The Exponential Moving Average (EMA) is a cumulative smoothing calculation which applies greater weighting to more recient data within the period. This weighting exponentially decreases the further away the data is from the current data point in the timeseries.
The Exponential Moving Average (EMA) is a cumulative calculation including all previous periods and applies a weighted average where the weighting exponentially decreases with each previous period. This results in a higher weighting for more recent data and lower weighting to past data. This is incontracts to the Simple Moving Average (SMA) which applies an even weighting to all previous periods furthermore the SMA only includes data for the previous n periods in its calculation.
In practical terms this means the EMA reacts to recent data faster than the SMA as shown in the graph below where we compare SMA and EMA with the same period.
You can see that the EMA line reacts to changes in the adjclose faster than the SAM does but like the SMA the EMA still exhibits similar smoothing characteristics.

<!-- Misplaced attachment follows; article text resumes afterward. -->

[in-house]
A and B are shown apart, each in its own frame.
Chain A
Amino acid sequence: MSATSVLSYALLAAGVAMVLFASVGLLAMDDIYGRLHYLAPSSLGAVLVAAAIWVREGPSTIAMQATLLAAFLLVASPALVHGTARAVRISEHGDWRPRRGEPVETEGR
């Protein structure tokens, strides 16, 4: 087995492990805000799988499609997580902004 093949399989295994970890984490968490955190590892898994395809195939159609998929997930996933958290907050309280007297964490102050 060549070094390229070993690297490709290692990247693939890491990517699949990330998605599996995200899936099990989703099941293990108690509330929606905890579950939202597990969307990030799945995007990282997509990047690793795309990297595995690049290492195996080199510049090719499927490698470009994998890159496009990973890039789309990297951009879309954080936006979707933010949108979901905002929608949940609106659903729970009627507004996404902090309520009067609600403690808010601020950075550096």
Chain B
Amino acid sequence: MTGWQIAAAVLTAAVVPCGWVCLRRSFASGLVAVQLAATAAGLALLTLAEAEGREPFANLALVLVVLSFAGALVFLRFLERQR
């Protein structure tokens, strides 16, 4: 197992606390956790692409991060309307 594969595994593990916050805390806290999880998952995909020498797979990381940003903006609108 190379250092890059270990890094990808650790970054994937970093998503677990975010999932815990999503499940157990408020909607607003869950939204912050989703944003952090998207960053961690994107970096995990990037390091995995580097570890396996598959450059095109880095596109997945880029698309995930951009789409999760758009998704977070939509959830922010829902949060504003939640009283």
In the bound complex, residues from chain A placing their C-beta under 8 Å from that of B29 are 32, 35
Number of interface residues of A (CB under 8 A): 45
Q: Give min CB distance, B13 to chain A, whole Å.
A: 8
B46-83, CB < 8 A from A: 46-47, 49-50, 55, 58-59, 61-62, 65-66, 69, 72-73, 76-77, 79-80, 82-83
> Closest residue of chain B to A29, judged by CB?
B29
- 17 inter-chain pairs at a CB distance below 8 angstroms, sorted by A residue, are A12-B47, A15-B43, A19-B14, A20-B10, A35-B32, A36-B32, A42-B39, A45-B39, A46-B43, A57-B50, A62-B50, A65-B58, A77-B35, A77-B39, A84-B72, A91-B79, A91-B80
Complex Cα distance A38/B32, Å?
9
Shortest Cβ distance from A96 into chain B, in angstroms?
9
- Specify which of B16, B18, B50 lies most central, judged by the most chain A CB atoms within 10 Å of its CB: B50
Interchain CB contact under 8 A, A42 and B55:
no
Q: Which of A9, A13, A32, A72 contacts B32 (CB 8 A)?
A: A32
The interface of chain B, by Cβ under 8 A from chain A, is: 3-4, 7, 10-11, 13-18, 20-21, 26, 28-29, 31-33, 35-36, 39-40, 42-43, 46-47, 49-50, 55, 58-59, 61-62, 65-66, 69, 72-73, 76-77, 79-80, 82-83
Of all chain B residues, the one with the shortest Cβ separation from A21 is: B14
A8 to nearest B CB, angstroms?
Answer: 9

Below is the equation for the EMA (note K is the weighting factor discussed above):
- Period (p) – this is the number of previous data points you want to include in the average calculation.
- Index (i) – this is the time series index (e.g. date of current row in time series data)
- Input (input) – this is the data value (e.g. price data of a stock).
- ema[i-1] – this is the previously calculated EMA value, if you are calculating the EMA for the first time then use the SMA
Below is the python code to calculate the EMA. To access the maintained version of this code please see python library techind.
The below graphs shows multiple SMA indicators with varying periods against the underlying timeseries.
- techind TestPyPi – link